Johnston: There’s permits for the competition/challenge. They give you a list of rules and instructions etc. It costs twenty-five dollars and gives the FWC a sense of how many hunters are out there or how many guns are in the area roughly. That ensures that the people participating in the hunt know what they’re doing. Grab them this way. Transport them like this. You can’t hunt here etc. It’s also a way to make people more aware of the risks involved. Snakes are everywhere not to mention gators, but keeping hydrated is also a concern there.
Adno: Have you heard any horror stories or particularly compelling stories about python hunting?
Johnston: Well, I haven’t heard any horror stories, but one of the groups that I met up with—called the Swamp Apes, managed by this guy Tom Rahill—is an interesting one. He organizes this hunting group made up of veterans, mostly with post-traumatic-stress disorder. And he does it weekly, bringing in a ton of snakes. If he feels like going hunting, he’ll go that night and call a few people. There’s a lot of other people who go out and specifically target pythons, but it’s not as organized as the Python Challenge. Essentially, they only need a permit for the guns they use and to be in an area where you can use a gun. The state officials who look after the area just want it to be done humanely. They don’t want people to stab or prolong the death of the snakes, so they often encourage people to capture them and then bring them into a designated drop-off station alive.
Adno: How do you personally see the python challenge?
Johnston: I see it as helpful. They’re not putting a big dent in the snake population, but they’re helping in other ways by bringing light to the issue that the Everglades is extremely fragile. I mean one clear point they’ve made is that the invasive population of Burmese pythons began with people who owned exotic pets and released them here in South Florida. And now they’ve taken over the environment, wiping out bird populations, gators, etc. I believe the hunt is helpful just for conservation, but the Burmese python is just one of many invasive species that have been introduced in Florida.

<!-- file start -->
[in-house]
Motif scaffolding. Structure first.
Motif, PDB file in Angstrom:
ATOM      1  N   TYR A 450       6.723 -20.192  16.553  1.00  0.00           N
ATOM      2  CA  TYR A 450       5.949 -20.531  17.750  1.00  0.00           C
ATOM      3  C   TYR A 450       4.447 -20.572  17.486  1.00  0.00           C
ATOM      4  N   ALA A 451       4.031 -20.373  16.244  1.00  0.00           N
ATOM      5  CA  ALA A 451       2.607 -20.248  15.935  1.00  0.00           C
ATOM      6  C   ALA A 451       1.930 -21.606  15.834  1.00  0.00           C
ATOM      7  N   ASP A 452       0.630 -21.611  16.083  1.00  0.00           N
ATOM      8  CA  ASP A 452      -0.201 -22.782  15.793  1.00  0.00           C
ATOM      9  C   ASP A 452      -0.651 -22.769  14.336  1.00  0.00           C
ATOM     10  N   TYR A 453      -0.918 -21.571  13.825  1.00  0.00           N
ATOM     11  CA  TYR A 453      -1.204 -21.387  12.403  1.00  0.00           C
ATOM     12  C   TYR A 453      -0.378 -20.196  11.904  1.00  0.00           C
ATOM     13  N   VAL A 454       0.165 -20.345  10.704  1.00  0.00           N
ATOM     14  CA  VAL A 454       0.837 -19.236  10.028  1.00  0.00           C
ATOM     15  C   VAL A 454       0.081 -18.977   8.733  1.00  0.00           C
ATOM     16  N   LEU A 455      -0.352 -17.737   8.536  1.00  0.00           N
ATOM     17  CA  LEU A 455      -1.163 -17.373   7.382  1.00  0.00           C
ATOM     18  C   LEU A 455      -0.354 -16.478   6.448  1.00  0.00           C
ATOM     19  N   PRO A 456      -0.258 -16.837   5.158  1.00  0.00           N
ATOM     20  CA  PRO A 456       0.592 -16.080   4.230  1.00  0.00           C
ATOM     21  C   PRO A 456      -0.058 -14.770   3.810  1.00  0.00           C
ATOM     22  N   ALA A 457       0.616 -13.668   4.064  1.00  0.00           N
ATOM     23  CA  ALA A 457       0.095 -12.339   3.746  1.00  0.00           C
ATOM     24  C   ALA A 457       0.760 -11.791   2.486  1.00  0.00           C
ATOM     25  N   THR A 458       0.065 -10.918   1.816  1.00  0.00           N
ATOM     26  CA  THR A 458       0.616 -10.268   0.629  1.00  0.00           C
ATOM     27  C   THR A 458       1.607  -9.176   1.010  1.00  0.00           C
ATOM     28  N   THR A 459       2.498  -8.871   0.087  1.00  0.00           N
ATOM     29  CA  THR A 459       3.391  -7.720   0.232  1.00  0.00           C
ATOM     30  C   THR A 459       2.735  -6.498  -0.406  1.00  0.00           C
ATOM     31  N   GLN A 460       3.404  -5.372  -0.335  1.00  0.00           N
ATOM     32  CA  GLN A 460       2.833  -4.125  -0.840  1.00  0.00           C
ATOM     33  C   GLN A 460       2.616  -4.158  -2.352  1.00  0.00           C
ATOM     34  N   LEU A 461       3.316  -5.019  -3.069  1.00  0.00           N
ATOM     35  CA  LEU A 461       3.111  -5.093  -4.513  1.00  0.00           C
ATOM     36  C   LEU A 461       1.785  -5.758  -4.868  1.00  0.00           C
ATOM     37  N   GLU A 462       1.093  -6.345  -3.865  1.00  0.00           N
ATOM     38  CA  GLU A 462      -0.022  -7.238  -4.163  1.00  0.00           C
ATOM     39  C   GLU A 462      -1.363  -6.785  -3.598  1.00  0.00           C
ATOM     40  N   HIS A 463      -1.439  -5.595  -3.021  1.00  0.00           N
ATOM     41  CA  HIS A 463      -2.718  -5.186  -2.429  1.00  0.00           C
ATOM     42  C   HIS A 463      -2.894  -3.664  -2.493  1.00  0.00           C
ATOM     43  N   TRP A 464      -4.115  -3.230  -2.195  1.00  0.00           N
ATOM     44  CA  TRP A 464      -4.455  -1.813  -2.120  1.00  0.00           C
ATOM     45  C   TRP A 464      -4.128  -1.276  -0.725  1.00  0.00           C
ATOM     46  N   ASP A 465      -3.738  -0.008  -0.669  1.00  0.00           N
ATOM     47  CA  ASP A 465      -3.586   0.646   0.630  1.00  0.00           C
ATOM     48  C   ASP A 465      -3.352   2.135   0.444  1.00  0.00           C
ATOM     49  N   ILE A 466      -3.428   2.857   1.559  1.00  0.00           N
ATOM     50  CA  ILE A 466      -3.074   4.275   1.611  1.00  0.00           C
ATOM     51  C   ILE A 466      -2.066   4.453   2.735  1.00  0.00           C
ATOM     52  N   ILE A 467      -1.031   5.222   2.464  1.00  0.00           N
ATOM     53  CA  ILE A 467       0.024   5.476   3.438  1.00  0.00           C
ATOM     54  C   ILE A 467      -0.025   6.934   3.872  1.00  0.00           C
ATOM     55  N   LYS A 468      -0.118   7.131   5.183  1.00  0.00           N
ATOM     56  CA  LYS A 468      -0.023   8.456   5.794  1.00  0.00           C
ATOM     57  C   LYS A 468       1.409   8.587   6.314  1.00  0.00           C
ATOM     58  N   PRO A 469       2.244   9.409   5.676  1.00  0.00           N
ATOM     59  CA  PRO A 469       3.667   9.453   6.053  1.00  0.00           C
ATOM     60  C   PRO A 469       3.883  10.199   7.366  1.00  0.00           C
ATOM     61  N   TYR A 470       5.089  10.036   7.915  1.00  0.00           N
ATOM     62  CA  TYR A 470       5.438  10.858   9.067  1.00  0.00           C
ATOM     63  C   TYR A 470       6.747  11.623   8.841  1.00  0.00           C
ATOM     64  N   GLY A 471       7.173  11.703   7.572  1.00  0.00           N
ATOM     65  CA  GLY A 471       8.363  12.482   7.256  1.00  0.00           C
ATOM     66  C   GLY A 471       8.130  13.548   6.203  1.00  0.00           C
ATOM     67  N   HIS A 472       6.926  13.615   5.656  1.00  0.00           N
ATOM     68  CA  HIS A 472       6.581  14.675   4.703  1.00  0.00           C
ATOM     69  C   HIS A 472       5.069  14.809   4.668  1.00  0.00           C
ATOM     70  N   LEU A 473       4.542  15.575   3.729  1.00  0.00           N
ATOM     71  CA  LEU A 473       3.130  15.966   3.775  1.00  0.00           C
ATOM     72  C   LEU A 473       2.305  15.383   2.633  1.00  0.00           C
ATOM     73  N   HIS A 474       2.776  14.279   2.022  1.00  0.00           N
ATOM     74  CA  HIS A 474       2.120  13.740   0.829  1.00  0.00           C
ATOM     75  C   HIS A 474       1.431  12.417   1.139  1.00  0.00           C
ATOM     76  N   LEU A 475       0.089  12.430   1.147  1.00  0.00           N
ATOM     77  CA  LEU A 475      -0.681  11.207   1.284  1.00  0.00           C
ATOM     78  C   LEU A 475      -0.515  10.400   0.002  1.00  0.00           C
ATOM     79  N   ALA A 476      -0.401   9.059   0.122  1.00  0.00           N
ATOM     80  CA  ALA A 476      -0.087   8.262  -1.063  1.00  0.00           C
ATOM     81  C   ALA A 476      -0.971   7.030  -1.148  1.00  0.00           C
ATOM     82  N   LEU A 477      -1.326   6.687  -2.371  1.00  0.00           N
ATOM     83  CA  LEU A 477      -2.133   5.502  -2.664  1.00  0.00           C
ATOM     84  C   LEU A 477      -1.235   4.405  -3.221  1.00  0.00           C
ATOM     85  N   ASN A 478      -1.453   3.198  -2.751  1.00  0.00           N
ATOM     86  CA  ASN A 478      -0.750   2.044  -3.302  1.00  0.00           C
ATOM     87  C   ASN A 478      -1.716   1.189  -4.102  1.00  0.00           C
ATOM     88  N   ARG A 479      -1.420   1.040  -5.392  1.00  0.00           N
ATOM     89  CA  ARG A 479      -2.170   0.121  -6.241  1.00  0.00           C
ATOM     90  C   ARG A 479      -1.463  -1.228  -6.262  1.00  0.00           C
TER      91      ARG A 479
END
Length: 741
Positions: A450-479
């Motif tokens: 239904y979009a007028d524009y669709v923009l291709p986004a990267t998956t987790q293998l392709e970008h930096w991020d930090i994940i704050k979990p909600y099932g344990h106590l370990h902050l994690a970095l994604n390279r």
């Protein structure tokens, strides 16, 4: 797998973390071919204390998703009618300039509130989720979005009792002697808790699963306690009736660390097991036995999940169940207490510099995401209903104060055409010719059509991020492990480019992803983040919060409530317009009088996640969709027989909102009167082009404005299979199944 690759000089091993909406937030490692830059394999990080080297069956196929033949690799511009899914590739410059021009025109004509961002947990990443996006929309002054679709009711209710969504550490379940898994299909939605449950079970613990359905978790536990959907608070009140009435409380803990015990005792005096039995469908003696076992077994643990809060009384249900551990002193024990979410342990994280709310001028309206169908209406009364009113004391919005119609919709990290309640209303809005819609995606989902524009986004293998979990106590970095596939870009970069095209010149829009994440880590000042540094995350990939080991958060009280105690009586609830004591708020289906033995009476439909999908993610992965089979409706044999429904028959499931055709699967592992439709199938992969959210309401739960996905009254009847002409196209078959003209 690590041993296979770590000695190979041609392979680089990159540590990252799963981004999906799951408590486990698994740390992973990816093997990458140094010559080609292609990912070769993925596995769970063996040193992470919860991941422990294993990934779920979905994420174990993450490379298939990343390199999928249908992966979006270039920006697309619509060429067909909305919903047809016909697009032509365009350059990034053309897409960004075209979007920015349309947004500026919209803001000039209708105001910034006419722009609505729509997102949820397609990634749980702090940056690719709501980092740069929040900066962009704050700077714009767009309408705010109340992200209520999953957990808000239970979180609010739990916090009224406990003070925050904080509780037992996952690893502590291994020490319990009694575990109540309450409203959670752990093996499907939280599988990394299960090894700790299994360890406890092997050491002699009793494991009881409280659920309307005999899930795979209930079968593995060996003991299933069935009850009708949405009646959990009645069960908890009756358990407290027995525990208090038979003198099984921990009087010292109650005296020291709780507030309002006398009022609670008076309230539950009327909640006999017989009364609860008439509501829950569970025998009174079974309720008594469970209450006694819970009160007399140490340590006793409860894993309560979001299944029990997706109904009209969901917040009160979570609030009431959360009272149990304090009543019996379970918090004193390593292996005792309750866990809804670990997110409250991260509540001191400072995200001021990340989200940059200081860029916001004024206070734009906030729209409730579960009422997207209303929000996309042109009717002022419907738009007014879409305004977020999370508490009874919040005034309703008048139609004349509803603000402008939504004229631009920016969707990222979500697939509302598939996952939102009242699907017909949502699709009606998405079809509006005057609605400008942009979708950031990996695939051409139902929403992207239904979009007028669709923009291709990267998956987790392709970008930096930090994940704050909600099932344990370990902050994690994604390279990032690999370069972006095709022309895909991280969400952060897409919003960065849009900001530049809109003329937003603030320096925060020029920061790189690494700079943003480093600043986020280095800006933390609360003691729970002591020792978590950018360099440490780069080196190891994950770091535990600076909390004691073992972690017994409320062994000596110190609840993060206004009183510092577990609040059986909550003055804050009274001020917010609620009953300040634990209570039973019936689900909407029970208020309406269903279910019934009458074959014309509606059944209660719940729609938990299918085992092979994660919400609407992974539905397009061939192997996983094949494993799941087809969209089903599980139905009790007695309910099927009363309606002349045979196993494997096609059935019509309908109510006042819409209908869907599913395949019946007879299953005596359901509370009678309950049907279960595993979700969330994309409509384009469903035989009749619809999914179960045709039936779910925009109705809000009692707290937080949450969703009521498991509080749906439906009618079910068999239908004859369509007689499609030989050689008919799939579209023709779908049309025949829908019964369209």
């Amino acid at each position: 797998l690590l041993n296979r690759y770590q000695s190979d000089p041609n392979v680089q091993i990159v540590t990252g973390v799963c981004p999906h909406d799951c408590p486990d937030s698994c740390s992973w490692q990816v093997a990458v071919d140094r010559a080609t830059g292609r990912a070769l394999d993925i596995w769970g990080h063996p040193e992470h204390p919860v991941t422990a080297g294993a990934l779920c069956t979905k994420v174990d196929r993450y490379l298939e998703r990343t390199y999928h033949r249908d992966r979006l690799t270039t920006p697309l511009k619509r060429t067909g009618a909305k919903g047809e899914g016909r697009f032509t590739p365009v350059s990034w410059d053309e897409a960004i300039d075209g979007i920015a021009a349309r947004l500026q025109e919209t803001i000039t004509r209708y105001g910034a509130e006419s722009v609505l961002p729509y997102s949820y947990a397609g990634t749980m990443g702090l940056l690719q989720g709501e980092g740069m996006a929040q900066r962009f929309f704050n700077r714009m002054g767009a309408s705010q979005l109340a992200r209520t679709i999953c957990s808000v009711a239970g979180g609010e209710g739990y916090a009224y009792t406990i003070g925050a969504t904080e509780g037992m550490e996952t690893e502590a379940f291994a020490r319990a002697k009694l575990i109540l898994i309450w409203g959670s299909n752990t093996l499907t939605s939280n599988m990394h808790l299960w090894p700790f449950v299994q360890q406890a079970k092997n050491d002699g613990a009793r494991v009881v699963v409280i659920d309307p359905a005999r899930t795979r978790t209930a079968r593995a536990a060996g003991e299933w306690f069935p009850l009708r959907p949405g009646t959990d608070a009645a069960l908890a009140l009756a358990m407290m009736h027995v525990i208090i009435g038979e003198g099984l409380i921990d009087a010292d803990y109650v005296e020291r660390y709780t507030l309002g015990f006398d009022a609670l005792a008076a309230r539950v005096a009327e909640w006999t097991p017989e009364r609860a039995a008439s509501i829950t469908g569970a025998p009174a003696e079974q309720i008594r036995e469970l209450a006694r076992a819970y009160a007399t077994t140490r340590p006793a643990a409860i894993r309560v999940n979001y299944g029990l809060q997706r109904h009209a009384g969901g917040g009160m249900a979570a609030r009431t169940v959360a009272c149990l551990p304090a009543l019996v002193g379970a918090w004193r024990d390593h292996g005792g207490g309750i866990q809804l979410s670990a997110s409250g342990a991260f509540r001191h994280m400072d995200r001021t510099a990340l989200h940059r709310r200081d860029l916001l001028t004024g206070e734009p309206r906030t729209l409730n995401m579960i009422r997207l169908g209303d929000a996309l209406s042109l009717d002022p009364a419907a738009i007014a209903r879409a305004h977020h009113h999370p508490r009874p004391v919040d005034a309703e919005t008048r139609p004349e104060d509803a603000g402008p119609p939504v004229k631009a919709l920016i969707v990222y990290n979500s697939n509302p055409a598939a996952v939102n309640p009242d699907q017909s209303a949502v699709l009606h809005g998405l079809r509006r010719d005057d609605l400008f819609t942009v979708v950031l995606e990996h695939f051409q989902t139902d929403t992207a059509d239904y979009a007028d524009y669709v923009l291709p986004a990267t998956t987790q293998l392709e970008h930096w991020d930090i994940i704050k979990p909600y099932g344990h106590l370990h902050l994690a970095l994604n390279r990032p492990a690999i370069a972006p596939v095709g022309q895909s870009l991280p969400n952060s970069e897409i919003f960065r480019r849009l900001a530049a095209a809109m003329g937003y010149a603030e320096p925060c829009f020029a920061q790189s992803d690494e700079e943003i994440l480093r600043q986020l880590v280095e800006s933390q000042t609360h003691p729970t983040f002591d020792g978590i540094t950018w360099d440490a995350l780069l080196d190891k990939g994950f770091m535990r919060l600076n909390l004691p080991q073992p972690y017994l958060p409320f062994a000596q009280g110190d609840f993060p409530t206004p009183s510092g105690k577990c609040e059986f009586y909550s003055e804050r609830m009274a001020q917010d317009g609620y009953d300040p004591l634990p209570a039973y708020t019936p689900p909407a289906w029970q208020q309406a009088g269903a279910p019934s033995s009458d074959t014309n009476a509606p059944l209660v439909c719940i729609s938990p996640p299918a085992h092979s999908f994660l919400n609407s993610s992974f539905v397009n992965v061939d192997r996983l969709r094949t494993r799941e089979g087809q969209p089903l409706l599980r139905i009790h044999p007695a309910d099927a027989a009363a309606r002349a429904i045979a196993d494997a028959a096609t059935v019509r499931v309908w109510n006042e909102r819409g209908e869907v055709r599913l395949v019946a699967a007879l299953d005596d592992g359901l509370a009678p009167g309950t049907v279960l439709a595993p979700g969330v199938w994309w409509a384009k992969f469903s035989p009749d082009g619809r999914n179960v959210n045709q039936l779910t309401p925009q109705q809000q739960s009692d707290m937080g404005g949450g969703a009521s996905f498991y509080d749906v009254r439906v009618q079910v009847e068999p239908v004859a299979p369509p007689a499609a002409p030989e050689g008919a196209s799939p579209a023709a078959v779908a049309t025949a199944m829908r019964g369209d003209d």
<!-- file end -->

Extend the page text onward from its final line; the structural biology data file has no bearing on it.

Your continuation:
Adno: Are you drawn to any of the other invasive species that Florida has?
Johnston: I met a few people who were hunting monitor lizards when I was there, but I didn’t spend too much time with them as it was a completely different story. I’m actually dying to work on a story about lionfish in Florida. The Florida Keys are littered with them, and fisherman are required by law to kill them if caught or sighted while diving. I actually ate some of it during the python challenge. It’s pretty good. I’d eat it again.
Adno: What would you like to see happen in the Everglades?
Johnston: It’s sad, because it is truly the only environment in the world like this. So between the water output from Lake Okeechobee and the snakes, it’s a natural catastrophe aided by people. It’s so difficult to clean that place up. It’s a natural filtration system that’s being wiped out. It’s a great area for enjoying the place recreationally whether it’s hunting with regard for conservation or the air-boat culture, so I don’t think they should limit that any more, but eliminating the invasive species should be a top priority. I want people to enjoy it as it is and not to cause anymore harm if that’s possible.
Adno: Do you think of the people who enjoy the Everglades recreationally as proponents of preserving the environment?
Johnston: Yes, most of the people I’ve met are absolutely invested in trying to protect the place. We mentioned Tom Rahill, bringing in a few snakes a week, getting out there when he can. The people who are out there for the thrill of the hunt or the trophy, they go out for a long weekend shoot some guns, drink some beer, and they play no part in it. If they bring some snakes in, great, but they usually don’t.
Adno: What’s the Everglades like now?
Johnston: It’s all farms, very small towns, and still ‘old Florida.’ In Everglades City and Chokoloskee, a lot of immigrant laborers make up the communities there. It’s just acres and acres of crops with quiet small towns that revolve around hunting, fishing, and farming with an influx of agricultural jobs.
Adno: What do you think the ultimate reward for these hunters is?
Johnston: It’s a cool story to have. To catch a Burmese python is bragging rights. A lot of people do just want to help out, and if they can help out and have a story, that’s even better.